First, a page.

This has been an odd year for beans, at least in my garden. The first planting of pole beans evaporated into the ether. Planting number 2 just sat there during our extended cool spring weather. They have started growing now but are so far behind other bean plantings at Rock Farm I’m feeling a tad bit jealous. This past weekend they were finally tall enough for me to string the trellis. Last year I used some netting that I purchased. It worked well enough but at the end of the season trying to salvage it was an exercise in futility. I ended up cutting it out of the dead vines and pitching it. Not wanting to waste money this year I opted to do the same thing I did with the peas, wrap jute around an upper and lower cross bar, which seems to be working wonderfully in the pea row. I already had the three vertical poles in the ground, a sturdy bamboo pole flanked by 2 t-bar posts. I used two 1″ pvc elbows and a t to attach two bamboo poles across the top, end to end. I ended up driving a short piece of rebar into the end of one and pounding the other onto it. Its pretty sturdy and has works as a single unit all last year and looks just fine for this year. Not wanting to buy anything else, I tied two remaining 6′ t-posts to the bottom of the three vertical posts about 2″ off of the ground. I wrapped jute around the top and bottom posts at about 6″ intervals. Should work fine and will be so much easier to deal with come fall.
In other bean news, 1 row Contender, 2 rows Topcrop & 1 row Roma II went in after the garlic, arugula and lettuce came out. The garlic wasn’t as large this year, possibly due to the extended cool spring even though the number of days in the ground was the same as last year. Last spring seemed a lot warmer. The tops were dying back and I needed the space so out they went. The Inchelium was spectacularly unimpressive. Half of them didn’t make it to spring and the other half were very small. I know they are typically smaller but these seemed reeeally small. The Lorz Italian had respectable sized heads and all made it through the winter. I have no experience with either of these varieties so I wasn’t sure what to expect. The Silverwhite and Turkish Giant, were a decent size but smaller than last year save one or two heads most, if not all made it through.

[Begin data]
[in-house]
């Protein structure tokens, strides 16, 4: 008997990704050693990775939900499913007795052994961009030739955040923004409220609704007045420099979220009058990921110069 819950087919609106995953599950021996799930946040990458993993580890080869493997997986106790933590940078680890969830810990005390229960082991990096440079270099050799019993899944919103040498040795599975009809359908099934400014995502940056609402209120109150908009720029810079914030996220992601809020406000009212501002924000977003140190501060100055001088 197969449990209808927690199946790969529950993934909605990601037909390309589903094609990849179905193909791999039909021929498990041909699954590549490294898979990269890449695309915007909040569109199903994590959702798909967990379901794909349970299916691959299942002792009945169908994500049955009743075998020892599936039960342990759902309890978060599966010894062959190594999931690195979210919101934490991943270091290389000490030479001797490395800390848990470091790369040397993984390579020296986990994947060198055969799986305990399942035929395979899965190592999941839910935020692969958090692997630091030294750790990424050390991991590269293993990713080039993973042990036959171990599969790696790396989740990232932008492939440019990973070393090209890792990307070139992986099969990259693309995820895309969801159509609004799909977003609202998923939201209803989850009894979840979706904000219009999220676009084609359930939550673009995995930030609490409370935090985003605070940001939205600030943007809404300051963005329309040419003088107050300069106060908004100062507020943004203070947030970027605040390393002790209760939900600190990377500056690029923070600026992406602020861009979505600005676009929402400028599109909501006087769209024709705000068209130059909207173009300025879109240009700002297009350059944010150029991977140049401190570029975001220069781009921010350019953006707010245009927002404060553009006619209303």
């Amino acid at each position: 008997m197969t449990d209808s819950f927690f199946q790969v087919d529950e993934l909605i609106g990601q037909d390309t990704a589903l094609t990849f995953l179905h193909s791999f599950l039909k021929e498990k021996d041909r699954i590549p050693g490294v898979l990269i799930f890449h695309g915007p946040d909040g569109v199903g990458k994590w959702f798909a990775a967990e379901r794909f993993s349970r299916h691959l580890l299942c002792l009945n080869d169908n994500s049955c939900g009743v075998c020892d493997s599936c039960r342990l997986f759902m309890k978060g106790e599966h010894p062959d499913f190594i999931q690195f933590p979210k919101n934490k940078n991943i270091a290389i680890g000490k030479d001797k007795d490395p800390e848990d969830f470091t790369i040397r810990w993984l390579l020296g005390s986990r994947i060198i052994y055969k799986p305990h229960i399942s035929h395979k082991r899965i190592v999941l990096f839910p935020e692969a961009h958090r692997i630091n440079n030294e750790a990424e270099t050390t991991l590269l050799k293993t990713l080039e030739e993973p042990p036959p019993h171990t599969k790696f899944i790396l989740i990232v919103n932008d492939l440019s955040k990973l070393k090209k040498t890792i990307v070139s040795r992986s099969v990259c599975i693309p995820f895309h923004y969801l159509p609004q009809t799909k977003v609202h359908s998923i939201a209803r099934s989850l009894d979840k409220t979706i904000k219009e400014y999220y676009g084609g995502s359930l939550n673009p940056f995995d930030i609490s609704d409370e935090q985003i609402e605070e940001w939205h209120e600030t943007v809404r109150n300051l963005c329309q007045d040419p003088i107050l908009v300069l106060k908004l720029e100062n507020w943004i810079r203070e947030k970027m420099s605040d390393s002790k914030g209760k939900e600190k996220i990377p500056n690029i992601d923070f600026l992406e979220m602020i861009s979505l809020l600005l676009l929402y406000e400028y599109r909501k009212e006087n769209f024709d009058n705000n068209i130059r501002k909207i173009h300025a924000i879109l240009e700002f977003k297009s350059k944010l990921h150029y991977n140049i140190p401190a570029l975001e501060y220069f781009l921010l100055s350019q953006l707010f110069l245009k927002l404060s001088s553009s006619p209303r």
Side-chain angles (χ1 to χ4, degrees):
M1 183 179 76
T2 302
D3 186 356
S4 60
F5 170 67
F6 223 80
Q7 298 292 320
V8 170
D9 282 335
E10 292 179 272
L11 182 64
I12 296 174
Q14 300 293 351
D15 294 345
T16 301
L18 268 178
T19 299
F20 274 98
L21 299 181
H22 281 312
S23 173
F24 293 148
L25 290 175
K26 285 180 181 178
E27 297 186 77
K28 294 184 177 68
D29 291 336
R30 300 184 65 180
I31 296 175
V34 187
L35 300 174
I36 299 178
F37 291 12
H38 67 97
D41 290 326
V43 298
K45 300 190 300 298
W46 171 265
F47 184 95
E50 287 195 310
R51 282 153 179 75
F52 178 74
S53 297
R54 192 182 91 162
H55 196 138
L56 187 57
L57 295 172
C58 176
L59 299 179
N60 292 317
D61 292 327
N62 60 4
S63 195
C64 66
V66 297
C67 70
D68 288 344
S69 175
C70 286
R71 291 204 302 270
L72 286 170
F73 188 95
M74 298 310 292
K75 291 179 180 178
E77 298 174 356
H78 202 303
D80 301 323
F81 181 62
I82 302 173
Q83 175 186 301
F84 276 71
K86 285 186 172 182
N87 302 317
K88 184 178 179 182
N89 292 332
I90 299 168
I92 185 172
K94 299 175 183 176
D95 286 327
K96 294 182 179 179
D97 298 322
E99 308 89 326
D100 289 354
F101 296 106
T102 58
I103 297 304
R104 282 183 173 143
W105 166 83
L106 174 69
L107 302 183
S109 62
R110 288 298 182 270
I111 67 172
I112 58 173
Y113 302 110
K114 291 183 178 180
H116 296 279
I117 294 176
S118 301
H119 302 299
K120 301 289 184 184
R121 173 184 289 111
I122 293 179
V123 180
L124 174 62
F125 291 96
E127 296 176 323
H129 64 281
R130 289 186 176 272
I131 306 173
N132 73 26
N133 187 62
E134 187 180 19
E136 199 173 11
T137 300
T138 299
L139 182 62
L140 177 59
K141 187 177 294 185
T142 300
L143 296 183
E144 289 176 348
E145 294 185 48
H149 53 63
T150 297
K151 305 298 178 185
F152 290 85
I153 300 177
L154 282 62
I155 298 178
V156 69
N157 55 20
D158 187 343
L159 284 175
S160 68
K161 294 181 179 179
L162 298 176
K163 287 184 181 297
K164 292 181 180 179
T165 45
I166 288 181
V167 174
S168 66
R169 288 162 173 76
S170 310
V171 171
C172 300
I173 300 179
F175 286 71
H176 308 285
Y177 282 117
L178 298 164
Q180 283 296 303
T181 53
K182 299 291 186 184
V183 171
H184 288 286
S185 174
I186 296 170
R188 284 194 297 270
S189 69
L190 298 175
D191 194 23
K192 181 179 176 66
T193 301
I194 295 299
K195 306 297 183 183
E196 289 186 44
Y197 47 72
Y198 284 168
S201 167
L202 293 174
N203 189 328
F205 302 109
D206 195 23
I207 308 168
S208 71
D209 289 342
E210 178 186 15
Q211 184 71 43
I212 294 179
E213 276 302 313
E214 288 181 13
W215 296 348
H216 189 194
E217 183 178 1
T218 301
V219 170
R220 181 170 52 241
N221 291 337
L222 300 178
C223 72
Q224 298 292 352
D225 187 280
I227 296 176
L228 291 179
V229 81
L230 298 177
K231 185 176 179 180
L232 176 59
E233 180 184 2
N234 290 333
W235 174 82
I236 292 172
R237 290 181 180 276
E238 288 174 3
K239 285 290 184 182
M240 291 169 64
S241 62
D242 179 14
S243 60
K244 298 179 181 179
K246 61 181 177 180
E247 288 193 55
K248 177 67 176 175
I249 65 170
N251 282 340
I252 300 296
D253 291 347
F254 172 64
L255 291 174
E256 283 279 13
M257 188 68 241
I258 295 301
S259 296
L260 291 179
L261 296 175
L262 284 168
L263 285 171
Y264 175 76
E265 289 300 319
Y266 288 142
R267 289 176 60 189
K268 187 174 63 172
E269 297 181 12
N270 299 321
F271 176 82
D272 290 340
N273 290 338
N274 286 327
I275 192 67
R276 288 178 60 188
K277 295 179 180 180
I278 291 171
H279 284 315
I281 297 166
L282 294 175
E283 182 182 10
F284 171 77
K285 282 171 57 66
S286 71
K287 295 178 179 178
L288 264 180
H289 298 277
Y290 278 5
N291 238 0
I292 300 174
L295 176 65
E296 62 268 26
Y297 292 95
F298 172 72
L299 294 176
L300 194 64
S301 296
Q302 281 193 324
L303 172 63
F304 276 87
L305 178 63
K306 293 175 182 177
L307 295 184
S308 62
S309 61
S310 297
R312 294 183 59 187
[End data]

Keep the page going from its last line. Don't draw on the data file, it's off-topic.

Speaking of lettuce, I finally emptied the bed of Renee’s cutting lettuce blend. Can’t remember the exact name right now but it lasted much long than I thought it would. Even as the stems were elongating to form seed the lettuce wasn’t bitter. I ended up removing a lovage transplant that was taking up way too much room. I also beat back the arugula and reclaimed the area for a row of the beans.
The potatoes are taking over the county. I’m really hoping there are actual potatoes under all of that green. I ended up having to run some stakes and jute to corral them, they were headed for the neighboring plot. I ended up having to snip back a couple of stems as the beets were complaining.
The ‘Persian Carpet’ zinnias are blooming and I clipped a few for the little multi-holed ceramic vase we picked up from a pottery shop during a recent trip to Orcas Is. The reds, yellows and oranges against the blue of the vase is striking. The dahlia’s I planted in the garden next to the potatoes are going to bloom any day now.
The parsley was sending up a flower stalk so it was time to harvest. My haul was pretty respectable given that it was growing in a 6″ clay pot. The oregano was staring to outgrow its clay pot so I cut it back too. It is on my replant list. I cut back a lemon verbena a week or two ago. I had read that lemon verbena can be used to make a lemony pesto. WRONG! While it is physically possible to do so, the result was nothing that I would ever eat voluntarily. Now I just have to decide whether or not I want to take up previous real estate and keep the plant or let it go. I’m leaning toward the latter.
In the spirit of spiffying up the balcony, I attempted to transplant one of the volunteer nasturtiums from the garden into one of the long planters that sit on the railing. It had been filled with pansies but they were looking pretty sad. The transplanting was a baaad idea. I ended up having to take so much off of the top to compensate for the pitiful roots that I was left with a bunch of empty stems. The good news is that it does seem to be sending out new shoots at some of the leaf nodes so all is not lost.
I ran across an ‘Arion rufus’ or Red Slug under the nasturtiums. This one isn’t native and is quite destructive in the garden. I found the darker Arion a couple of times in the past but this was the first time I’ve seen one this color. Googling it was at first unclear if this was actually a red form of ‘Arion ater’ but further reading led me to believe it was more likely A. rufus. In either case its time in the garden is past.
- Beets – Red Baron Dutch (6/20)
- Chard (ongoing)
- Garlic (6/21 thru 6/25)
- Lettuce (6/25 final)
- Kale (ongoing)
- Oregano (ongoing)
- Parsley (6/25 final)
- Snow Peas (ongoing)
- Zinnias (6/25)
- Beets – Cylindrical (6/25)
- Beans, Bush – Contender, Roma II & Topcrop (6/25)